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In Prime Video's Mammals, James Corden Adds Real Feeling to a Surreal Story

Jez Butterworth's startling new series finds poetry in a broken marriage.
  • James Corden and Melia Kreiling in Mammals (Photo: Luke Varley/Amazon Studios)
    James Corden and Melia Kreiling in Mammals (Photo: Luke Varley/Amazon Studios)

    Try to watch the first season of Mammals in one sitting. The six episodes only total two and half hours, which isn't so long, and total immersion makes it easier to savor the symbols and allusions and bits of magic that skitter around the show. The story — the literal one — is plenty interesting on its own, but it’s those dreamlike touches that make the series such a startling pleasure. The more concentrated their impact, the better.

    Jez Butterworth, who created the show, mastered this type of writing in the theater. His plays Jerusalem (which gave Mark Rylance one of his all-time greatest roles) and The Ferryman (which won the Tony for Best Play) hover just above reality, so that both language and action get at emotional truths without quite following the rules of the real world. In Mammals, which premieres November 11 on Prime Video, he adapts that style for the screen. It’s there in the very first scene, when rising chef Jamie (James Corden) and his wife Amandine (Melia Kreiling) are on vacation. They’ve just checked into their rental cottage when Amandine goes into labor, and the only person Jamie can find to help is pop superstar Tom Jones, who happens to be staying next door. A few episodes later, we see a wall of Tom Jones photos, but nobody mentions it. The images are simply there, suggesting a cosmic connection.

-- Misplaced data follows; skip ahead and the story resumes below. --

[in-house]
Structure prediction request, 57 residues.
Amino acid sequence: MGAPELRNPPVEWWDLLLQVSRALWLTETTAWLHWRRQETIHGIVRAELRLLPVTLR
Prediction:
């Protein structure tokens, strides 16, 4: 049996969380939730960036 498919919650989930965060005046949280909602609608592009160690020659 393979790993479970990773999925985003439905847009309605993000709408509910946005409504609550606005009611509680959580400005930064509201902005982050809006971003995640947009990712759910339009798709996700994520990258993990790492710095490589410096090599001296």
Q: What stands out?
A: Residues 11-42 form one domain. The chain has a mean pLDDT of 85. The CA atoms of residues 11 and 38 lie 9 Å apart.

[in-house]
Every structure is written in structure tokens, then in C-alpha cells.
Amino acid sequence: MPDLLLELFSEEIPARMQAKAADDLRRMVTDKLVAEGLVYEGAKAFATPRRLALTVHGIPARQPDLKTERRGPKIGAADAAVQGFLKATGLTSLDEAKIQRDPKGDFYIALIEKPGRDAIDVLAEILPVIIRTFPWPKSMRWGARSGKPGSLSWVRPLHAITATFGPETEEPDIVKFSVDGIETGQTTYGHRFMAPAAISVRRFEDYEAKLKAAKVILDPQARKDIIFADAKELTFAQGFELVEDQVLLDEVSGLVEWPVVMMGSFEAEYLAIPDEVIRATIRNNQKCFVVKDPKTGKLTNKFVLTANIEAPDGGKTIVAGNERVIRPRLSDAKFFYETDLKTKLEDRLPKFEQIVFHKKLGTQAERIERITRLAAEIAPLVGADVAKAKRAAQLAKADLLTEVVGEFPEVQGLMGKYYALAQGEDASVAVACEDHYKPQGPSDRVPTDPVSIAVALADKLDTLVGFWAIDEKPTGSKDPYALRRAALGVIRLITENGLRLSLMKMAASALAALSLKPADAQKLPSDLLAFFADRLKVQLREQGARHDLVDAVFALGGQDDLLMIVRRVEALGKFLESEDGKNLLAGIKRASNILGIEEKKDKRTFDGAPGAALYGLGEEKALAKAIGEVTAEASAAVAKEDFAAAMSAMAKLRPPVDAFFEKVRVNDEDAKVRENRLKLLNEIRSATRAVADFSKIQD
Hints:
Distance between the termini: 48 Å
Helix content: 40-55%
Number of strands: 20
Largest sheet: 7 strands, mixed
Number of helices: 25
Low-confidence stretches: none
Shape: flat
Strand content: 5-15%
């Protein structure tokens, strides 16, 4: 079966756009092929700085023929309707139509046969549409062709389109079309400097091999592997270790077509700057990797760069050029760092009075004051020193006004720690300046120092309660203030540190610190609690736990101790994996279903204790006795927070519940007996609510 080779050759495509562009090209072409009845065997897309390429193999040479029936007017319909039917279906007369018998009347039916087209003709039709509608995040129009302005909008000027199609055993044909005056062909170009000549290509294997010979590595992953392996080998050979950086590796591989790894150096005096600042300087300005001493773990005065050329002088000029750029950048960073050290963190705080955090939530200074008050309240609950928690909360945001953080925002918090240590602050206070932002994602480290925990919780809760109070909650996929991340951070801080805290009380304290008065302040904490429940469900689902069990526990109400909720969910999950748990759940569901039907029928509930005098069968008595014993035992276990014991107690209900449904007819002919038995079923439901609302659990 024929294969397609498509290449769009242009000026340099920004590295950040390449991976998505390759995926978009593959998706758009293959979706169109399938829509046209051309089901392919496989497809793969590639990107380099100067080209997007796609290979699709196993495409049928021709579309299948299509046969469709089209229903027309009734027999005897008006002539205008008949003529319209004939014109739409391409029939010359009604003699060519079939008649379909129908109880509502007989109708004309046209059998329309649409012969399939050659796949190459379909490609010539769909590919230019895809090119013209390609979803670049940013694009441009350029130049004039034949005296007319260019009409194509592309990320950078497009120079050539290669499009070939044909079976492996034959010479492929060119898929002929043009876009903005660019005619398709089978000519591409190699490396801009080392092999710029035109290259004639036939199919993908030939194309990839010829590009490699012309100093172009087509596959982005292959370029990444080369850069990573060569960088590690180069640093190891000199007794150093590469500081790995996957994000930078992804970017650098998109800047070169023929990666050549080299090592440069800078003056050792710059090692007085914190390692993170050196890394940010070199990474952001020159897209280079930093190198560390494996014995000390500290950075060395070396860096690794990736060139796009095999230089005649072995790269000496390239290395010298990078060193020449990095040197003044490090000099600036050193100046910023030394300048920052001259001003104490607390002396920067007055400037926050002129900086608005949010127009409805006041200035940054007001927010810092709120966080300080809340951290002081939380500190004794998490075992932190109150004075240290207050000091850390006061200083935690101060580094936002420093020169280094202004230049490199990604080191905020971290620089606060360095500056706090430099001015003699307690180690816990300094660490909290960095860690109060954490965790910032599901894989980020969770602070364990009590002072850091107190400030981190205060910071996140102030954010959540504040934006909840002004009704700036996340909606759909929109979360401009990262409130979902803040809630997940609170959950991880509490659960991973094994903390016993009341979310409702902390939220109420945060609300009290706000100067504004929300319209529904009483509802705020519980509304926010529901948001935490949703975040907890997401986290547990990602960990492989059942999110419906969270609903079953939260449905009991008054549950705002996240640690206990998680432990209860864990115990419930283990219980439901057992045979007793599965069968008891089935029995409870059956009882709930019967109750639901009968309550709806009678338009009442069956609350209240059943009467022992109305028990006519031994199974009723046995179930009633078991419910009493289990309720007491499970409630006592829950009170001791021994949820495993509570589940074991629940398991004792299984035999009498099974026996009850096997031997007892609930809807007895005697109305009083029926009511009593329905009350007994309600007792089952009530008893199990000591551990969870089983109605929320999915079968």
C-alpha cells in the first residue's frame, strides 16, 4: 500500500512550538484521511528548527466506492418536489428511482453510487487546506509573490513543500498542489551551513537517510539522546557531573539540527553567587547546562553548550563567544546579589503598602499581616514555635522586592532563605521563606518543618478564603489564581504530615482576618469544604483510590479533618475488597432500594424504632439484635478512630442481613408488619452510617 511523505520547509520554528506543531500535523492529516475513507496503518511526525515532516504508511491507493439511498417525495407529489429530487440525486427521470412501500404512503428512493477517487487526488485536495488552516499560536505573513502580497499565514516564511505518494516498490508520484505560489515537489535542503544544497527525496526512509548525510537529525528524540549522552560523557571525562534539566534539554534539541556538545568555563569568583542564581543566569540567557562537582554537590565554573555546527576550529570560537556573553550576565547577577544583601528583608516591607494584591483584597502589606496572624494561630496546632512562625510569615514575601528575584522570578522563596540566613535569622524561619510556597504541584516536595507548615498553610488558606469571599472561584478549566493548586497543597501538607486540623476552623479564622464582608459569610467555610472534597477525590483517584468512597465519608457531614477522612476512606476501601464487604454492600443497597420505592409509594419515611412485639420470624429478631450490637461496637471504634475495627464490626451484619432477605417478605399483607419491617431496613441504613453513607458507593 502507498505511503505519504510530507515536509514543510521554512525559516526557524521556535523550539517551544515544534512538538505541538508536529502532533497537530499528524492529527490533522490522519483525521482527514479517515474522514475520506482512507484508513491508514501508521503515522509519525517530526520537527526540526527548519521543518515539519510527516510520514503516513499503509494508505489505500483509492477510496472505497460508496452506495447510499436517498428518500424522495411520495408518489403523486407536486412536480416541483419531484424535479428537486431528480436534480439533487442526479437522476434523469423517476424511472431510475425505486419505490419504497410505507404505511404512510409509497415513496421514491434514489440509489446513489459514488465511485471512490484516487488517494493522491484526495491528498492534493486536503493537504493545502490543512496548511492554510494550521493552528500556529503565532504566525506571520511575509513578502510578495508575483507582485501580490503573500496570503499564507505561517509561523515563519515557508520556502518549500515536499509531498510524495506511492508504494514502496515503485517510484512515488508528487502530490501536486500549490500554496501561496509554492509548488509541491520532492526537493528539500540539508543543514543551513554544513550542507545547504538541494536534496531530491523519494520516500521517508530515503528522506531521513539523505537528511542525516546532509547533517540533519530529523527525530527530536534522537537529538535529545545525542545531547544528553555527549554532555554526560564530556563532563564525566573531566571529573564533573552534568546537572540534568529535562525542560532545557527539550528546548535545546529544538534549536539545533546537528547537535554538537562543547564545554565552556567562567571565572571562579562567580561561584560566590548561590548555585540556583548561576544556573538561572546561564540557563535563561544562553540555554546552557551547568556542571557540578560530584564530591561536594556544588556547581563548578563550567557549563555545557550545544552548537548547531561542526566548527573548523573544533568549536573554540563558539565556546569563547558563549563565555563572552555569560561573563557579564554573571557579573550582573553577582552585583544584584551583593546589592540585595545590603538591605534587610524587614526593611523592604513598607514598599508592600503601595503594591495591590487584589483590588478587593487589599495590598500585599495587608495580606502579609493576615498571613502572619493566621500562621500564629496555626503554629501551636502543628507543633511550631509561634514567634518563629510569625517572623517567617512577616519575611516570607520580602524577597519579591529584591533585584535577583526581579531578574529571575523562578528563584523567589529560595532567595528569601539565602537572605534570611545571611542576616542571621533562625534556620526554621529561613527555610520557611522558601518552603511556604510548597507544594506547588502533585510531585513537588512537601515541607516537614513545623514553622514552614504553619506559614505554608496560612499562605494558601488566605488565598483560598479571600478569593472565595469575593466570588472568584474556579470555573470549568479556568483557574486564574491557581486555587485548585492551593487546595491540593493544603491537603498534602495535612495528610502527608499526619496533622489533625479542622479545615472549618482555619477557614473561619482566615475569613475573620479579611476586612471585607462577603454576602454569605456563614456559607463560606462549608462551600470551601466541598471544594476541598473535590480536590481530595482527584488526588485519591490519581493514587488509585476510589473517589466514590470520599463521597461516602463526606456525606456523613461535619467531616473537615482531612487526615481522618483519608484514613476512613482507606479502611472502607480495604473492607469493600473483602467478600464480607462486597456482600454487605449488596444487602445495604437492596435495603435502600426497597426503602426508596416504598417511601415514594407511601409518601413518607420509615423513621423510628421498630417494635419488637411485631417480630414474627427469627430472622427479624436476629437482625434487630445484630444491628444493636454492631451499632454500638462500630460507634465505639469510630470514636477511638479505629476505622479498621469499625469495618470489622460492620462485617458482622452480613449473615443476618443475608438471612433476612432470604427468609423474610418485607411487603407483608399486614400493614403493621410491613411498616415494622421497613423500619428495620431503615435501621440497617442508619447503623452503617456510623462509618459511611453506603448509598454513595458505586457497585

For Jamie and Amandine, the magic emerges when they're at their best. On an early date, a Scrabble game reveals a secret message about their destiny. Over and over, their emotional bond makes whales appear in unlikely places. That’s a stark contrast to the rest of their scenes together, when their marriage is falling apart. While Amandine is giving birth, for instance, Jamie has her cell phone, and he discovers she’s been having an affair. That leads him down a desperate, jealous path that reveals one unpleasant surprise after another. It's ugly, and it's real. 

    Alongside this story — and increasingly tangled in it — is the relationship between Jamie’s sister Lue (Sally Hawkins) and her husband Jeff (Colin Wilson), a scientist and Jamie’s best friend. Unlike Jamie and Amandine, Lue and Jeff’s world is the most dreamlike when they’re drifting apart. When they separately encounter the same majestic stag in the woods near their home, their responses have a tragic intensity, as though the animal somehow is their troubled marriage. And when Lue reads about the life of Coco Chanel, she slips into the past, roaming the Paris streets where the designer made her name. Is she imagining this escape from her life, or is she really visitng Coco's atelier? 

    That ambiguity can be uncomfortable, since so much television trains us to accept what we’re seeing as a fact. Even shows about vampires or elves present their mythical creatures as solid, actual beings, whereas Mammals implies that everyday people are allegorical. But because the story is so well structured, those flourishes are welcome enhancements. They add an extra layer of feeling to the whole affair, reminding us that even when it’s actually happening love can be surreal.

    The entire first season of Mammals premieres November 11 on Prime Video.

    Mark Blankenship has been writing about arts and culture for twenty years, with bylines in The New York Times, Variety, Vulture, Fortune, and many others. You can hear him on the pop music podcast Mark and Sarah Talk About Songs.

    TOPICS: Mammals, Amazon Prime Video, Colin Wilson, James Corden, Jez Butterworth, Melia Kreiling, Sally Hawkins